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It's been our experience that Navigon's portable navigation devices are a but unpredictable in the performance department. Some are fast, accurate navigators, while others can be frustratingly slow and a little wonky with their directions. However, the one constant is that the company puts out full-featured GPS devices for a very affordable price. Such is the case with the Navigon 2200T. For just $229.99, you get a number of advanced features, including free real-time traffic updates for life, text-to-speech functionality, and photorealistic 3D views for complicated intersections, while some competitors charge double for the same set of features. Unfortunately, when it comes to performance, the 2200T falls under the slower group. It was an accurate navigator, but it took the PND a while to get a fix on our location, and route recalculations could also be a little pokey. Still, for the budget-strapped, the Navigon 2200T is certainly a great value and will get you to your destination.
We don't typically use this word to describe portable navigation devices, but the Navigon 2200T is downright cute. The petite GPS measures just 2.8 inches tall by 3.8 inches wide by 0.7 inch thick and fits nicely in the palm of your hand. Given the ultraportable size, the 2200T could easily be used on foot or on a bicycle with the addition of a handlebar mount.
The one trade-off of the compact size is a smaller screen. The 2200T features a 3.5-inch touch screen rather than the larger 4.3-inch display that's found on a number of PNDs. With a 320x240-pixel resolution, it's fairly clear and bright, but things do get a bit cramped on screen. One way to clear up some valuable screen real estate is to minimize the number of displayed points of interest (POI), which you can do by going to Options > Map Display > Categories Shown (page 2).
Also, as we've mentioned in our reviews of Navigon's other GPS products, the user interface isn't the easiest. It just takes a couple of extra steps to do things like enter addresses or search for POI, compared to a Garmin or TomTom GPS. Also, menu navigation isn't as smooth, and there were a couple of times that the GPS was a little sluggish to respond to our touch commands.
While the UI might not be the simplest, the rest of the Navigon 2200T is straightforward. On the left spine, there's a microSD expansion slot, while the right side has a reset hole. The power button is located on the top of the unit, and finally, there's a Micro-USB port on the bottom for the car charger.
The Navigon 2200T ships with a car charger, a vehicle mount (windshield and dash), and reference material. The car mount requires some minor assembly but it's not very complicated. More importantly, the accessory securely held the GPS in place during our road tests.
The Navigon 2200T's feature list is largely similar to the Navigon 2000S but adds lifetime traffic updates. The traffic receiver is integrated into the device so you don't have to deal with any extra accessories or wires, and you don't have to subscribe to a traffic service--it's all included with the purchase of the GPS. The 2200T will display flow of traffic through color-coded roadways (i.e., green for clear, yellow for slow areas, and so forth). If there is an incident along the way, an icon will appear to alert you to the situation at which point the GPS can provide you with an alternative route.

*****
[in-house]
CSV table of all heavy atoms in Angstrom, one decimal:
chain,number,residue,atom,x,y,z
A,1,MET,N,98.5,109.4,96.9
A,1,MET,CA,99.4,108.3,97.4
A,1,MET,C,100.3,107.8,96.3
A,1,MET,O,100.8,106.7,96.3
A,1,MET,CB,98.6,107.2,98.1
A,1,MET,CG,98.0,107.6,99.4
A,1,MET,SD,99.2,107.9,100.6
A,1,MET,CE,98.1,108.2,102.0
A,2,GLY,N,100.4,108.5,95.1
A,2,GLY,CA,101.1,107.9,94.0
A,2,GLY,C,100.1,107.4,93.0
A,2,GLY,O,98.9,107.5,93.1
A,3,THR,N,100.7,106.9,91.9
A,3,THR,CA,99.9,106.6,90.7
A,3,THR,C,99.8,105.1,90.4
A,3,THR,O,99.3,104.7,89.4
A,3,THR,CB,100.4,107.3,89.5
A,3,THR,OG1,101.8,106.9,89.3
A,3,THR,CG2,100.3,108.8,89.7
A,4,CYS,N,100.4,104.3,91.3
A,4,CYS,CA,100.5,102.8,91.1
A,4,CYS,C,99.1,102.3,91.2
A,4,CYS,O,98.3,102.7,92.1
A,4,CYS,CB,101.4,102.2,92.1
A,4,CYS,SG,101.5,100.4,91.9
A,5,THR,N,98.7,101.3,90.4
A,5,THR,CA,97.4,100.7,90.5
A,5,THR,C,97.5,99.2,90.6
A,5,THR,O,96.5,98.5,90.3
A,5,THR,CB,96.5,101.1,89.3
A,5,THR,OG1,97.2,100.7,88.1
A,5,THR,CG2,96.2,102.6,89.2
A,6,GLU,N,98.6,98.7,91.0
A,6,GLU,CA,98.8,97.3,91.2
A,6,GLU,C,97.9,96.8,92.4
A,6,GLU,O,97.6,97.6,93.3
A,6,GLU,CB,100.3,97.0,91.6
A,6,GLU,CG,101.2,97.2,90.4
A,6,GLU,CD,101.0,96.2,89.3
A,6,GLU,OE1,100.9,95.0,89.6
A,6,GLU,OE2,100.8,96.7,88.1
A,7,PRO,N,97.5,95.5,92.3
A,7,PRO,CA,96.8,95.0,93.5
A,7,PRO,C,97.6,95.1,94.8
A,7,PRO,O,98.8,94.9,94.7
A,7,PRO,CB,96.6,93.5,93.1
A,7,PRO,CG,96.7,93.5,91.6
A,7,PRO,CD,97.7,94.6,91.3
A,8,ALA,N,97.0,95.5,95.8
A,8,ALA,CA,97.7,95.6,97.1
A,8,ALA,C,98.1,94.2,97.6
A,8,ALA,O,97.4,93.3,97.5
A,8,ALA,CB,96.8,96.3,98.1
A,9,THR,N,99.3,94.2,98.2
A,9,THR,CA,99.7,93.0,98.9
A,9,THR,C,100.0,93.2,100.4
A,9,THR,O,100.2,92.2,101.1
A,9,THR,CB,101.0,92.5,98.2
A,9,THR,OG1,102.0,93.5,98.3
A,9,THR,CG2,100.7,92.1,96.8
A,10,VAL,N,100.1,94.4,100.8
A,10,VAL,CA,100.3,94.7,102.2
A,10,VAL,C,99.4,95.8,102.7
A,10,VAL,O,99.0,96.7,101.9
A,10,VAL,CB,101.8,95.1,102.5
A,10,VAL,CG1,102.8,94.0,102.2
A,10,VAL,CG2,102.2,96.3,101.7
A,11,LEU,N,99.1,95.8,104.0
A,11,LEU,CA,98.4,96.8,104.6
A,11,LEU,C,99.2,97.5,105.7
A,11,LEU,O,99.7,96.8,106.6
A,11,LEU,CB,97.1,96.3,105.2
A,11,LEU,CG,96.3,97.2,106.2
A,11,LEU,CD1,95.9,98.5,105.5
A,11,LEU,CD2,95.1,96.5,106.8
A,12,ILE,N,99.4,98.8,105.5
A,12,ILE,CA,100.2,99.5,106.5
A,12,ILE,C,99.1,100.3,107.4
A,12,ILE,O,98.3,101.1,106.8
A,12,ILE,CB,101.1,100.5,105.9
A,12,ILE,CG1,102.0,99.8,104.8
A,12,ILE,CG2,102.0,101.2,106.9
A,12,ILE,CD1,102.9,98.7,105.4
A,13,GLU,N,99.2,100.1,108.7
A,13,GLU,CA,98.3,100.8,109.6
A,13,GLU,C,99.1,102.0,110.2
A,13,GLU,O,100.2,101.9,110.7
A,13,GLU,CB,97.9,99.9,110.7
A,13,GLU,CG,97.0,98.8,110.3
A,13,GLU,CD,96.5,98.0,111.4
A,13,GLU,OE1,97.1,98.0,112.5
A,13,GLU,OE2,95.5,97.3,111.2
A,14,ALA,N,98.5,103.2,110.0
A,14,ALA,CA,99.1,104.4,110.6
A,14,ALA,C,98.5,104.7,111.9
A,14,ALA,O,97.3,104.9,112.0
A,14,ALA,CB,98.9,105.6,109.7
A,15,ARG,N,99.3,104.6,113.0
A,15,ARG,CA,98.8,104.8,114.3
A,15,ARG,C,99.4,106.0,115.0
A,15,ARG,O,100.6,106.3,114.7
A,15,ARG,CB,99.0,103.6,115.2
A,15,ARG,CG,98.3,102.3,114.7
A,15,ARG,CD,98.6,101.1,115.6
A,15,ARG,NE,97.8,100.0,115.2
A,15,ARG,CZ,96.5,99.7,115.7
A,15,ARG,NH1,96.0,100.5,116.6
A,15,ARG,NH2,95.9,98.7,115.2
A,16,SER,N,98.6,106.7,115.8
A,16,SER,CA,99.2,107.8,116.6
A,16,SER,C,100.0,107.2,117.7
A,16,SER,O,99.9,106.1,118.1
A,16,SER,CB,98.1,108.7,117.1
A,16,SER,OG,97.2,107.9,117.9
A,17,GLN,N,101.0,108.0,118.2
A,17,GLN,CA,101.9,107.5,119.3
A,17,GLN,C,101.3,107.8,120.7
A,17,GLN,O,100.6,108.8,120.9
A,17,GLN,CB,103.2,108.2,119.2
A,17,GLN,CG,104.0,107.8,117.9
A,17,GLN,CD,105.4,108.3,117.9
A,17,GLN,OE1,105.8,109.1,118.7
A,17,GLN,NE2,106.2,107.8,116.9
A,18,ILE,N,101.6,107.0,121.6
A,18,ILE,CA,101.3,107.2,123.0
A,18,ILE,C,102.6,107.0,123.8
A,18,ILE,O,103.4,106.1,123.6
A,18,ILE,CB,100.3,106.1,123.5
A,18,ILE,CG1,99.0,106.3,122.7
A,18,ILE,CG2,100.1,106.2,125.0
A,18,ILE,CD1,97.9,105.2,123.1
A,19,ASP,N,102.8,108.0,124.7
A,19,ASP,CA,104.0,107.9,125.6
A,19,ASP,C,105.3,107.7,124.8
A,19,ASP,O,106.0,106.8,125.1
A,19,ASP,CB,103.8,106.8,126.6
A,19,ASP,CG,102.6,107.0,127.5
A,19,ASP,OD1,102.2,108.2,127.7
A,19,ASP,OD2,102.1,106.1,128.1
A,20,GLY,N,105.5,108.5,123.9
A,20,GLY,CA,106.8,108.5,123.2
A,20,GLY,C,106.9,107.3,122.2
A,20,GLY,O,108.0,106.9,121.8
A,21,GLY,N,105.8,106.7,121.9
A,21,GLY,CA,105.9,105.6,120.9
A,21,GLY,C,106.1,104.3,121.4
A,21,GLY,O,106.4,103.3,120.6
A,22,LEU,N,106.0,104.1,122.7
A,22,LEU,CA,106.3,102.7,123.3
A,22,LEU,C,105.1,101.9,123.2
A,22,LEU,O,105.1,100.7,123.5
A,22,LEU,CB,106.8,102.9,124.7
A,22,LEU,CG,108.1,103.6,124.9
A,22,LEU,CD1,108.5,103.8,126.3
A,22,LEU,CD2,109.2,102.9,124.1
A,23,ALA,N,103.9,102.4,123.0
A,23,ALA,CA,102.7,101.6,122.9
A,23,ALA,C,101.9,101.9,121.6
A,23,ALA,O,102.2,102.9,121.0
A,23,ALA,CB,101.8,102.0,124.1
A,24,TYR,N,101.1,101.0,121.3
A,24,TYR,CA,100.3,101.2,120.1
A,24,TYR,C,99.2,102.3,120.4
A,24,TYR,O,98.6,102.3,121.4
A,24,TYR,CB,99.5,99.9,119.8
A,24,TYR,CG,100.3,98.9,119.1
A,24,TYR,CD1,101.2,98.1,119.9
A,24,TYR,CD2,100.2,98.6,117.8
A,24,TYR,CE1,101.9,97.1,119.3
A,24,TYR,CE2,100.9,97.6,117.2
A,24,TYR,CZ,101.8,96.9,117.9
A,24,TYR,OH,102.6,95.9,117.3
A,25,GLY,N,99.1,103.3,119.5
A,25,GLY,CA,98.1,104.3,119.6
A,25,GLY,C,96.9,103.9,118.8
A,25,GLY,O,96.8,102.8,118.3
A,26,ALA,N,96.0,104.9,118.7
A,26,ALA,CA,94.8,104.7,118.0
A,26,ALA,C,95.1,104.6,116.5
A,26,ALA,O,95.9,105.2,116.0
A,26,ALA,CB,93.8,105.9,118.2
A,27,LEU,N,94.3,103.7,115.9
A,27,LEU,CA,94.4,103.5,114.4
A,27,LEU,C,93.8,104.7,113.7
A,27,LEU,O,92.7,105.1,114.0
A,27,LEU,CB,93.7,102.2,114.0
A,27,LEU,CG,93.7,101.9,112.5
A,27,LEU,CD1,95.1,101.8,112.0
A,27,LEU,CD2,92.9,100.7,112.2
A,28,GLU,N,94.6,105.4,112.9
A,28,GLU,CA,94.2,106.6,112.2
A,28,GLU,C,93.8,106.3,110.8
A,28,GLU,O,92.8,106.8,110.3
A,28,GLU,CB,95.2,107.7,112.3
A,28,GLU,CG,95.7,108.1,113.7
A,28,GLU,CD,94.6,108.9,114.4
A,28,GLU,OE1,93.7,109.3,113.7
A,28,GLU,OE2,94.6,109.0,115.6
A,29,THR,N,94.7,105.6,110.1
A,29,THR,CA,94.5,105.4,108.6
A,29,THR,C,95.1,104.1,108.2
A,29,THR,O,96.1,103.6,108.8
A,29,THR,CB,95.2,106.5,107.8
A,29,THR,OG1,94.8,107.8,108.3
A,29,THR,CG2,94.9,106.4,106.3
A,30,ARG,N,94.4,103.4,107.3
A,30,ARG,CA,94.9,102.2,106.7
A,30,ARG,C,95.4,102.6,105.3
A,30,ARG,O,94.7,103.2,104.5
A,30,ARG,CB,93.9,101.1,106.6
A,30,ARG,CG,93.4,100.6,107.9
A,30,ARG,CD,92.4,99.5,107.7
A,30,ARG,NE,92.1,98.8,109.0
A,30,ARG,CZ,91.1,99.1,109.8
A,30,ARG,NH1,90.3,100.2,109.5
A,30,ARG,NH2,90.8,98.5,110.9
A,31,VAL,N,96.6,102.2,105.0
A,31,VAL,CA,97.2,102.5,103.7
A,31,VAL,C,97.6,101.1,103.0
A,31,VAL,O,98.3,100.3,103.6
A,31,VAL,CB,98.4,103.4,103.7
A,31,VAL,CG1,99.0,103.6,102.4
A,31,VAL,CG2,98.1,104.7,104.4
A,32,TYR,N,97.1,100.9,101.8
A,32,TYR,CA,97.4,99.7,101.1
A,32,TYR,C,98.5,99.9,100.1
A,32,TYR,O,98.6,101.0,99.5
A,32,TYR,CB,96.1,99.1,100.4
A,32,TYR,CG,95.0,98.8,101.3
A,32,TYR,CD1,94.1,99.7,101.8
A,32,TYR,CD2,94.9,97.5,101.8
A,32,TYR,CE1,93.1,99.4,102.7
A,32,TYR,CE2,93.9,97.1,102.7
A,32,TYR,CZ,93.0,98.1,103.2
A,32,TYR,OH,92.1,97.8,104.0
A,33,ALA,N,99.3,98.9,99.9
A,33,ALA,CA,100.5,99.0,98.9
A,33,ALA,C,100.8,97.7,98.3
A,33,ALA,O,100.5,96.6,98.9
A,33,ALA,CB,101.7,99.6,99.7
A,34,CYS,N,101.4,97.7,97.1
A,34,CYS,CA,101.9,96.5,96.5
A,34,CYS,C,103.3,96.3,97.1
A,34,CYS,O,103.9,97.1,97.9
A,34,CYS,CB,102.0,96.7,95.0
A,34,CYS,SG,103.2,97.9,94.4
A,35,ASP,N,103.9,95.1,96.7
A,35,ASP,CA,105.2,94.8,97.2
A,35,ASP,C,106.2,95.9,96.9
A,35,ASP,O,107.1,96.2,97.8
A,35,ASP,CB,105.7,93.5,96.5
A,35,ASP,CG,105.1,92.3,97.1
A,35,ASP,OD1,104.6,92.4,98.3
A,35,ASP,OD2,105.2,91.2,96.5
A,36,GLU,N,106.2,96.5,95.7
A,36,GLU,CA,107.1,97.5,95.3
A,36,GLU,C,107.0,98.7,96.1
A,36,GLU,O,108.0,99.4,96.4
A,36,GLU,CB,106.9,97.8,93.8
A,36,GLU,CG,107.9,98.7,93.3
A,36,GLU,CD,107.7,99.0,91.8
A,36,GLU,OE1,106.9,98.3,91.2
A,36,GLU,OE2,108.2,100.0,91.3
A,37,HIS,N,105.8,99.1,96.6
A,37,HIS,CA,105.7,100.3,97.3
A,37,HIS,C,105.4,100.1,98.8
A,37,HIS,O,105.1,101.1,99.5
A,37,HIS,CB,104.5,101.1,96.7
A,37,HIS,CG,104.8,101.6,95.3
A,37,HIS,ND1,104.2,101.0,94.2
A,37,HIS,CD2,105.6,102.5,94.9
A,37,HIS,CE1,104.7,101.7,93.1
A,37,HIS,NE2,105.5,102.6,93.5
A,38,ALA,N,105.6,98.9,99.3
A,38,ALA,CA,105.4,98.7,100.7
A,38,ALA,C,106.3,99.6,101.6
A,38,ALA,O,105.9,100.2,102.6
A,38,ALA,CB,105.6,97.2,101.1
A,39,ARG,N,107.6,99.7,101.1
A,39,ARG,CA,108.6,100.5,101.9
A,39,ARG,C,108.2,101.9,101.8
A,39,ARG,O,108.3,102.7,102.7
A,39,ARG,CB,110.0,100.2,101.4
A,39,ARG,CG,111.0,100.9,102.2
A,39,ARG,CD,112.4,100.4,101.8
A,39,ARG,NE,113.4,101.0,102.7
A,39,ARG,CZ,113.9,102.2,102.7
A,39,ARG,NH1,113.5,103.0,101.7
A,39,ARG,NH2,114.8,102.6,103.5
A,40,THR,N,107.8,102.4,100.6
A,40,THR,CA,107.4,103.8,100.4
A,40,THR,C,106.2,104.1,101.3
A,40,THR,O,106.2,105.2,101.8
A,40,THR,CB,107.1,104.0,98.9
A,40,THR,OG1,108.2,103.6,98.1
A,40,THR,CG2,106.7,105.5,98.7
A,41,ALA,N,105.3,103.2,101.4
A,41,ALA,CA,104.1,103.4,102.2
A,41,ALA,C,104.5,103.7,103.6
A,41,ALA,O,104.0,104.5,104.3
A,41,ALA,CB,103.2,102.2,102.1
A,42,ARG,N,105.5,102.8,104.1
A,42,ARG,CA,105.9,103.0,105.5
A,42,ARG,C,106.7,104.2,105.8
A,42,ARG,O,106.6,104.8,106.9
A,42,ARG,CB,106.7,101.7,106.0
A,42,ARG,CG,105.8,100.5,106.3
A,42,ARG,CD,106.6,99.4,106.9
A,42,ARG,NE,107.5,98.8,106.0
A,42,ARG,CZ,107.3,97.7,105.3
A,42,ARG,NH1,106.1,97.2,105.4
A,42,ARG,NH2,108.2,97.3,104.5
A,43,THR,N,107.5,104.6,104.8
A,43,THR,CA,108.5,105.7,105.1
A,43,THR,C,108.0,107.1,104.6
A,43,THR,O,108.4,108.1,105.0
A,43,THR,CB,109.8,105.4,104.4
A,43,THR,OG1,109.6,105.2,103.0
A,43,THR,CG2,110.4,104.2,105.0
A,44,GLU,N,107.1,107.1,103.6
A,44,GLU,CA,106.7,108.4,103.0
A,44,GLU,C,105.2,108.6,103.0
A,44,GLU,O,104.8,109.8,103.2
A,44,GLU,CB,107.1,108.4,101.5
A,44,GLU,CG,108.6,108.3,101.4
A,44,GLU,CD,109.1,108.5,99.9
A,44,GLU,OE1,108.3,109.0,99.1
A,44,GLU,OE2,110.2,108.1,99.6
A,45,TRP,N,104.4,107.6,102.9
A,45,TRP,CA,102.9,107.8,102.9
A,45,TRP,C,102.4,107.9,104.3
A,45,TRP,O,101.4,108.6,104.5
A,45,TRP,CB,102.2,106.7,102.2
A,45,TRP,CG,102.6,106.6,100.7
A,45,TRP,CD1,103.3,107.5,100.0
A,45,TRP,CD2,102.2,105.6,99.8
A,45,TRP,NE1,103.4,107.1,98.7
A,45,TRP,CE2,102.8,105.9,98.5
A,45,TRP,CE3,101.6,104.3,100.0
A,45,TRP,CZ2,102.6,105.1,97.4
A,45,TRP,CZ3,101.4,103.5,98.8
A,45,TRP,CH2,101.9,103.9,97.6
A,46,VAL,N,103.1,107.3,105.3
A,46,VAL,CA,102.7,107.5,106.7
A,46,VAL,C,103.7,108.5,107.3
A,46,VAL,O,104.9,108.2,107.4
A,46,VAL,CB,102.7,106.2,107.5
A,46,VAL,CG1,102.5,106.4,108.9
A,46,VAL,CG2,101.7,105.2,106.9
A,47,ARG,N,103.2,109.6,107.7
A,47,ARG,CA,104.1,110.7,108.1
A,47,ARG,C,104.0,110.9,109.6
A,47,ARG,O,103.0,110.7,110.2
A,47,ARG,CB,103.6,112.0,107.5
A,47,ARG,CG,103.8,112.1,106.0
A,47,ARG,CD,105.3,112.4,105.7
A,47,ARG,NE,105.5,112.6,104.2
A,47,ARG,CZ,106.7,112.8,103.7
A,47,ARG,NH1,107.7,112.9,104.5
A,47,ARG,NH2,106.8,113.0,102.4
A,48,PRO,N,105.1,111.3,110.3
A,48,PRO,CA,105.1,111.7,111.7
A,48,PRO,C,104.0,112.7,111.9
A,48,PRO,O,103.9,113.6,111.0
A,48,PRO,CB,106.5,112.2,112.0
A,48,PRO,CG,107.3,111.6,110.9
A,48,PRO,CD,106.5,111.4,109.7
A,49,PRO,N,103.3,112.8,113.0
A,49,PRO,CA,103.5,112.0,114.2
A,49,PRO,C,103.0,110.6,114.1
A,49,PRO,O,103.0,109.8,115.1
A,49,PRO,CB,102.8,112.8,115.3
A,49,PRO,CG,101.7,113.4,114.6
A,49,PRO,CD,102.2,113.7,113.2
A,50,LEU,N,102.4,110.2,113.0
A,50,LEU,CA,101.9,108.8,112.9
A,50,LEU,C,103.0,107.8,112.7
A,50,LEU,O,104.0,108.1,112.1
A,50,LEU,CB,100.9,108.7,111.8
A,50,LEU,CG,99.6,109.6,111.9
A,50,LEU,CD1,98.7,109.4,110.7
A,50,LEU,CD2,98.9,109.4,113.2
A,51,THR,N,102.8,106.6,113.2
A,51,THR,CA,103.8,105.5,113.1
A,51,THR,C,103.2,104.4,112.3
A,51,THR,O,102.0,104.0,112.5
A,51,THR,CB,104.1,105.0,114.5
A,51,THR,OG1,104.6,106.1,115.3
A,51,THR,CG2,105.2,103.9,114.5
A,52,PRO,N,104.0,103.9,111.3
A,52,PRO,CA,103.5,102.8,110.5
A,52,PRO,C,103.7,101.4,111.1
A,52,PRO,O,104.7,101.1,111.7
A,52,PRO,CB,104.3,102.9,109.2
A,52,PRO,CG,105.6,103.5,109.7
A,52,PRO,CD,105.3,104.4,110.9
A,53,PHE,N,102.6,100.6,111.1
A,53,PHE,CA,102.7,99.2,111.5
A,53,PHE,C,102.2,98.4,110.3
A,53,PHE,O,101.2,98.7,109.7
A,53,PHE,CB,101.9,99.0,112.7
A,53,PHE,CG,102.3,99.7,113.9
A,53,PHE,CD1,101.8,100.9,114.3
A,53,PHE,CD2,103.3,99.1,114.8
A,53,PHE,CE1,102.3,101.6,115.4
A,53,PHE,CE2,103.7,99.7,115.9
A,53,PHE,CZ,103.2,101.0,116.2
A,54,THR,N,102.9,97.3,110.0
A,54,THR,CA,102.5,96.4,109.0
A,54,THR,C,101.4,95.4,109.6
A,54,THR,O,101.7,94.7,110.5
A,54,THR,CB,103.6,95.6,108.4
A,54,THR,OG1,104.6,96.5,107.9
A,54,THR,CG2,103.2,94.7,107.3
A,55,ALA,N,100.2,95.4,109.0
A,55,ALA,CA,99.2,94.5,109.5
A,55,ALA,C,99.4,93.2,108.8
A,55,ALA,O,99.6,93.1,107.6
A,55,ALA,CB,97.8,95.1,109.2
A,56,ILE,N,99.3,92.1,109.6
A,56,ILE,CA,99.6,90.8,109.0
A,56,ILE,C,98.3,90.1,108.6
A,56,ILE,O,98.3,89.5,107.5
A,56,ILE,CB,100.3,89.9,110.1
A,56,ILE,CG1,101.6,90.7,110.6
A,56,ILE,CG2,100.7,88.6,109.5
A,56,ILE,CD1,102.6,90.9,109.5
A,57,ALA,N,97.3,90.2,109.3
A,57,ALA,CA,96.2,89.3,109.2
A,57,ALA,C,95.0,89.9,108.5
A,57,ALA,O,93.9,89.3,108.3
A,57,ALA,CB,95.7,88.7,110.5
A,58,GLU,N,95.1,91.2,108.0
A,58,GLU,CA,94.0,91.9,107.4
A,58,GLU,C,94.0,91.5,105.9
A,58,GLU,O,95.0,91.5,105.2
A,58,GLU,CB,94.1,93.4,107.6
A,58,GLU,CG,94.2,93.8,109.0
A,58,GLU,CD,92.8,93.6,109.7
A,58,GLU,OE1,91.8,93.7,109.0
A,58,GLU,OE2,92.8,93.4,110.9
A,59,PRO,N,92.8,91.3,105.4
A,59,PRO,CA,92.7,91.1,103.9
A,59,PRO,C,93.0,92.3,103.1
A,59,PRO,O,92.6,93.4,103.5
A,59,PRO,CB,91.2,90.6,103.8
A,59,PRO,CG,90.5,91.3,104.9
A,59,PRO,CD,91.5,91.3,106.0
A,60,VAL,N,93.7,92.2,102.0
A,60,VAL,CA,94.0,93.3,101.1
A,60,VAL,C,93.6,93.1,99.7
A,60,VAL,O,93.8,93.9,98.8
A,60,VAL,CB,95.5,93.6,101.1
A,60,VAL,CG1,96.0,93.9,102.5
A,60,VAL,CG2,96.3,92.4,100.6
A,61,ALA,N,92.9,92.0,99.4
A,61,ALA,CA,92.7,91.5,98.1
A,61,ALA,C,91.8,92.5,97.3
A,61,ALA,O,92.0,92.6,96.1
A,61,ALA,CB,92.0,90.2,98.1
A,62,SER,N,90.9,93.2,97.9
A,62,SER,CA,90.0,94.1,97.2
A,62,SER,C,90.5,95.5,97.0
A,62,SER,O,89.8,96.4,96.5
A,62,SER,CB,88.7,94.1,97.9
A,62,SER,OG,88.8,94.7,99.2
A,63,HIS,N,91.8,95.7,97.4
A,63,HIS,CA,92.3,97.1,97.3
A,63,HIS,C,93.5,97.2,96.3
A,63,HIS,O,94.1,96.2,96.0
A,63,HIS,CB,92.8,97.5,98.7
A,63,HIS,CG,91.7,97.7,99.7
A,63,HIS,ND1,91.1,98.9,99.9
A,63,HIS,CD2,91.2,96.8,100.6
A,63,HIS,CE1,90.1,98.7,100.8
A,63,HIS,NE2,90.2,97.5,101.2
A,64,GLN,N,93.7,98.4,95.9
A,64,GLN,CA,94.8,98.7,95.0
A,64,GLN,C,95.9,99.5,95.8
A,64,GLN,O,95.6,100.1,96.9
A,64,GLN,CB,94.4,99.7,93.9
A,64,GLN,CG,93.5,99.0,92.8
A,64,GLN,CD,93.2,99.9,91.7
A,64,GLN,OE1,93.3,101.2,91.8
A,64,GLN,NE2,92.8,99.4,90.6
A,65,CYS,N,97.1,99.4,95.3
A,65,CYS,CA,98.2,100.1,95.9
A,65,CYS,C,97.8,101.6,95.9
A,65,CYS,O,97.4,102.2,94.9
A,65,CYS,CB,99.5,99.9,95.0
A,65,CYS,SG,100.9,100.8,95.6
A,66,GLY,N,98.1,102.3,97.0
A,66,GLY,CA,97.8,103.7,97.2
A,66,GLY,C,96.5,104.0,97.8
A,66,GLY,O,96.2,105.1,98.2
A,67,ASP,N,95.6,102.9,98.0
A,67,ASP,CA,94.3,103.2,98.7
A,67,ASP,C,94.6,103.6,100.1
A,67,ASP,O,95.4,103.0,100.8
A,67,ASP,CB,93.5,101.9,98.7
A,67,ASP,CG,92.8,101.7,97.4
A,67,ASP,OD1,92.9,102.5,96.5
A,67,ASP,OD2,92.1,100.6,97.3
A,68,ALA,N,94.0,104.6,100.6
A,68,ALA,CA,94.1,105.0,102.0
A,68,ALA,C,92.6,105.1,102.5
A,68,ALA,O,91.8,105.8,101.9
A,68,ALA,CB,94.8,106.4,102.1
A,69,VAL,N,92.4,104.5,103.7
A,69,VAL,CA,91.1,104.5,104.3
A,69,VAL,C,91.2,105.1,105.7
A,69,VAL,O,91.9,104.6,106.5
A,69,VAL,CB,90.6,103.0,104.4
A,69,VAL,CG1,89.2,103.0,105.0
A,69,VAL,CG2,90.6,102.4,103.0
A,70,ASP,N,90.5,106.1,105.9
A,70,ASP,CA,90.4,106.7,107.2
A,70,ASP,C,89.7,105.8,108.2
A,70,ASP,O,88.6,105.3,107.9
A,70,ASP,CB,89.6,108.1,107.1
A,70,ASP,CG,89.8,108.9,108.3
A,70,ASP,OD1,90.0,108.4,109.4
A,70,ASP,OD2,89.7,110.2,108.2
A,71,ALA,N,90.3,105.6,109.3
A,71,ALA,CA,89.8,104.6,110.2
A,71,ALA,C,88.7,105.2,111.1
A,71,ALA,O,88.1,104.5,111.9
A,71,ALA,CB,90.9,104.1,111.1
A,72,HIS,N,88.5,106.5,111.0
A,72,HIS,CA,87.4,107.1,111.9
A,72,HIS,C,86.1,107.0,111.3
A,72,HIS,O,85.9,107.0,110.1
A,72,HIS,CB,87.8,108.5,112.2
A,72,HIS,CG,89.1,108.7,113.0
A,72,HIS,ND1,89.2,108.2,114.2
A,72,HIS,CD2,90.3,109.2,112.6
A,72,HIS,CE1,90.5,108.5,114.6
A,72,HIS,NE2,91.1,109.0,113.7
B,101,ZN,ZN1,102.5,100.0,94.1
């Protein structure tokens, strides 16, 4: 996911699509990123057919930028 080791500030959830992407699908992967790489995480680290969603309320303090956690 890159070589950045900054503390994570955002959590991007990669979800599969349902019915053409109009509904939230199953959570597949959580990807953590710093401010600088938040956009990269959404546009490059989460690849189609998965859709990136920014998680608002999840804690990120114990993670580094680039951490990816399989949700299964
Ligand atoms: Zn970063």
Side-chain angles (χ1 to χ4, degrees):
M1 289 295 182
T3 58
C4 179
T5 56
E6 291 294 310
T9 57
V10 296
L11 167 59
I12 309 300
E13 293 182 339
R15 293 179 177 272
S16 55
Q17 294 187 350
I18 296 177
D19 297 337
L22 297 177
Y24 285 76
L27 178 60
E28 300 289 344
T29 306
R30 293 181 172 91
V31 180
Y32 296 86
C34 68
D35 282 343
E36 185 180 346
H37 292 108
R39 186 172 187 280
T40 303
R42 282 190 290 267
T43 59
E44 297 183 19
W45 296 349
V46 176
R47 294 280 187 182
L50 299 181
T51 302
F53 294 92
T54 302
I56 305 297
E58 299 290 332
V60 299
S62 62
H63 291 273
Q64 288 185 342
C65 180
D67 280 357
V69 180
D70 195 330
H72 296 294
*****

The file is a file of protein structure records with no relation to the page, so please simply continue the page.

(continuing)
For more information about the Navigon 2200T's features, please read our full review of the Navigon 2000S.
We tested the Navigon 2200T in San Francisco, and from a cold start, it took the GPS a solid 10 minutes to get a fix on our location under clear skies. We were forgiving since it was the first time we booted up the system, but we weren't as forgiving with the subsequent starts, which took about 5 minutes or longer. It was frustrating to have to sit in the car for that long waiting for the PND to acquire the necessary satellites so we could begin our trip. We've tested other systems with subsequent starts that were almost instantaneous or took just a minute or two. The bright side is that once locked on, the 2200T was able to accurately track our position and hold its fix while driving through the city.
As we do for all GPS devices, we planned a trip from the Marina District to CNET's downtown headquarters. The Navigon 2200T returned with a recommended route in less than a minute and by checking the turn-by-turn list of directions, we found it to be accurate. Once on the road, we were pleased with the voice-guided directions. They were loud and clear, and overall, the device did a satisfactory job with the text-to-speech pronunciation. As we were driving the route, we missed several turns to test the automatic route recalculation route, which we found to be somewhat inconsistent. At times, the 2200T prompted us to get back on track, while other times it took a minute or so for the unit to realize we were no longer on the original route.
The traffic capabilities were OK. It was nice to see an overview of the traffic flow and be alerted to any upcoming incidents, but we're disappointed that the system doesn't factor in traffic during the preplanning stages. It would be nice to have the most optimized route that factors in traffic data before heading out on the road, but we'll also take the current offerings, especially considering it's free.
One other thing we wanted to note is that the Navigon 2200T had a pretty short battery life. After just about an hour of use, we were already getting alerts about a low battery. It's not a big deal if you're in the car and have it hooked up to the car charger, but if you happen to forget the adapter or want to use the GPS on foot, you could find yourself with a dead unit in a short amount of time.